The Bible’s Viewpoint
What Is a Parent’s Goal?
WHICH of the following would you like your adolescent to become?
A. A replica of you.
B. A rebel whose mission is to become the opposite of you.
C. A responsible adult who makes wise decisions.
Some parents who choose Option C may act as if they favor Option A. They try to force their values on their adolescent, such as by telling him which career to choose. The result? As soon as he gains a measure of independence, he runs in the opposite direction. Ironically, many parents who sow Option A reap Option B.
Why Attempts at Complete Control Fail
You want your adolescent to become a responsible adult who makes wise decisions. But how can you reach that goal? One thing is certain: Complete control is not the answer. Consider two reasons.
1. The complete-control approach is unscriptural. Jehovah God created humans with free will. He allows people to choose the path they will take in life, whether good or bad. For example, when Cain harbored murderous anger toward his brother Abel, Jehovah said to him: “If you turn to doing good, will there not be an exaltation? But if you do not turn to doing good, there is sin crouching at the entrance, and for you is its craving; and will you, for your part, get the mastery over it?”—Genesis 4:7.
Note that while Jehovah gave Cain clear counsel, he did not force him to heed it. Cain had to choose whether to get the mastery over his anger or not. The lesson? If Jehovah does not try to exert complete control to elicit obedience from his creatures, neither should you try to do so with your adolescents. *
2. The complete-control approach usually backfires. Imagine that you are confronted by a pushy salesman. The more he tries to make the sale, the more firmly you resist. Even if you need his product, you are probably put off by his manner. You want to get away from him.
Something similar could happen if you try to force your values, beliefs, and goals on your adolescent. Will he “buy” them? Not likely! In fact, your approach may achieve just the opposite, causing your adolescent to develop a distaste for your standards. All too often, parental attempts at complete control fail. What, then, can you do?
Rather than try to control your adolescent’s life completely, imposing your values on him as you might have when he was younger, help him to see the wisdom of doing what is right. For example, if you are a Christian, show him how living by God’s principles will bring him greater contentment in the long run.—Isaiah 48:17, 18.
As you do that, set the example. Be the kind of person you want your adolescent to become. (1 Corinthians 11:1) Make clear the values you choose to live by. (Proverbs 4:11) If your adolescent develops a love for God and his standards, he will make wise choices, even when you are not present.—Psalm 119:97; Philippians 2:12.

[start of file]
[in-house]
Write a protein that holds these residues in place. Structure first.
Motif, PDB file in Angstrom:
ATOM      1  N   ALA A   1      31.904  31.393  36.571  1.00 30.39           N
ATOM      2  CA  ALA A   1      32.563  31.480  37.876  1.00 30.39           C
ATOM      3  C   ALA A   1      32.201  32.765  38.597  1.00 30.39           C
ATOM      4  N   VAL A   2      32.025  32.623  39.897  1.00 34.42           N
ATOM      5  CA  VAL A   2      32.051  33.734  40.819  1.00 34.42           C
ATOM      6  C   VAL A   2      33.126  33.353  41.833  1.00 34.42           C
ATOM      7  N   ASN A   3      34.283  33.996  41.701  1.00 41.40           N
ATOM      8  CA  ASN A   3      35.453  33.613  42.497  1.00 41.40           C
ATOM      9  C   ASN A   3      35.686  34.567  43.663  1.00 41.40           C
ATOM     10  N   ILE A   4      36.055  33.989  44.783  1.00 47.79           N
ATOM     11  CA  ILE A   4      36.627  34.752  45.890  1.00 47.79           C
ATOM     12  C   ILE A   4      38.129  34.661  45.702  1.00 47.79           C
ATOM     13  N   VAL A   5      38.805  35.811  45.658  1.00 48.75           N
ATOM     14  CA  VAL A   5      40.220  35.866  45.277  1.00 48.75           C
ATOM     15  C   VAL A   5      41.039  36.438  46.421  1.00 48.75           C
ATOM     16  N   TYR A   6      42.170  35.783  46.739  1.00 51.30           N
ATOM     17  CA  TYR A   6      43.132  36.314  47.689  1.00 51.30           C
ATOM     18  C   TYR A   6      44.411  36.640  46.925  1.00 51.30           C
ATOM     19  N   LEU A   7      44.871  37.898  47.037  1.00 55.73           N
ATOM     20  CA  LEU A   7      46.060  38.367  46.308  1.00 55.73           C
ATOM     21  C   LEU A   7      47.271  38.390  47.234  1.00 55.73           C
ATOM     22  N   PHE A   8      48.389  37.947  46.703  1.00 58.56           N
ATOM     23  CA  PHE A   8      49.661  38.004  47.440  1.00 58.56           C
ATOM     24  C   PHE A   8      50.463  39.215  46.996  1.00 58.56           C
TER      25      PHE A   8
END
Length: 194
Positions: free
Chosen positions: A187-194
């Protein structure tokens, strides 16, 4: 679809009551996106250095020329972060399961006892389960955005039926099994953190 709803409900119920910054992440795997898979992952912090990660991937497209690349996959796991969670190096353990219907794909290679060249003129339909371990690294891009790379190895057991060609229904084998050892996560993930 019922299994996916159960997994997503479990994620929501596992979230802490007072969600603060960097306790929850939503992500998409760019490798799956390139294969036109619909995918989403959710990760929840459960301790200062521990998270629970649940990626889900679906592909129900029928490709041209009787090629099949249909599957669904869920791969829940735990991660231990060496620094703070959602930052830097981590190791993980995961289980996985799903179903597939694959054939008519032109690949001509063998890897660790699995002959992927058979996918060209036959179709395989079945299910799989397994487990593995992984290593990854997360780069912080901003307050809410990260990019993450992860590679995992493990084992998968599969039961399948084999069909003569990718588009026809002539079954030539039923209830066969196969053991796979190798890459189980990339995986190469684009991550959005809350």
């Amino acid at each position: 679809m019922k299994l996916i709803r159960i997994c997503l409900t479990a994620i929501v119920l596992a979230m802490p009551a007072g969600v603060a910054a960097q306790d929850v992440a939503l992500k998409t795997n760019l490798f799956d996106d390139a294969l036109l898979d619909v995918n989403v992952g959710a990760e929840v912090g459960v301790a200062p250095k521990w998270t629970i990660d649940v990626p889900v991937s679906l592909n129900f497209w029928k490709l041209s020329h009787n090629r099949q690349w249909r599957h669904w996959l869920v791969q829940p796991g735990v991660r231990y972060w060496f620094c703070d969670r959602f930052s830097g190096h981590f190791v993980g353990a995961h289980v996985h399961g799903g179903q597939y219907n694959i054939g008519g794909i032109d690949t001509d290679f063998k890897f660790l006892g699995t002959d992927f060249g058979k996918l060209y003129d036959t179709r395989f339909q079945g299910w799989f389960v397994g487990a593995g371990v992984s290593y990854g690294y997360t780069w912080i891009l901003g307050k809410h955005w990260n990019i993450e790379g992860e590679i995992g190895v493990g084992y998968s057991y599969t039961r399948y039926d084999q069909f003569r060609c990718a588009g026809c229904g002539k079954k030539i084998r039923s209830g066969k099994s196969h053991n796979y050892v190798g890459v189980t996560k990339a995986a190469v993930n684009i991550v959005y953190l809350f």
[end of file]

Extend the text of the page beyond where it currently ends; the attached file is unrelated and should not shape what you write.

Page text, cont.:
Impart Practical Skills
As brought out on page 2 of this magazine, the day will come—perhaps all too soon, in your view—when your grown child “will leave his father and his mother.” (Genesis 2:24) As a parent, you want to make sure that he has the skills he needs in order to function as an independent adult. Consider some of the skills that you can help him develop now, while he is still at home.
Domestic Skills. Can your adolescent prepare meals? wash and iron his clothes? keep his room clean and organized? perform maintenance and basic repairs on a car? Developing such skills will enable either a son or a daughter to manage a household someday. The apostle Paul said: “I have learned, in whatever circumstances I am, to be self-sufficient.”—Philippians 4:11.
Social Skills. (James 3:17) How well does your adolescent get along with others? Can he settle disputes amicably? Have you trained him to treat people with respect and to resolve conflicts peacefully? (Ephesians 4:29, 31, 32) The Bible says: “Honor men of all sorts.”—1 Peter 2:17.
Money Management. (Luke 14:28) Can you help your adolescent to learn a trade, work within a budget, and avoid debt? Have you trained him to save for needed items and avoid impulse buying and to be content with necessities? (Proverbs 22:7) Paul wrote: “Having sustenance and covering, we shall be content.”—1 Timothy 6:8.
Adolescents who learn to live by upright values and who have developed practical skills are truly prepared for adulthood. Their parents have reached their goal!—Proverbs 23:24.
HAVE YOU WONDERED?
● What is your goal as a parent?—Hebrews 5:14.
● What will be your adolescent’s own responsibility when he becomes an adult?—Joshua 24:15.
[Pictures on page 25]
Which would you like your adolescent to become?
A replica . . .
A rebel . . .
A responsible adult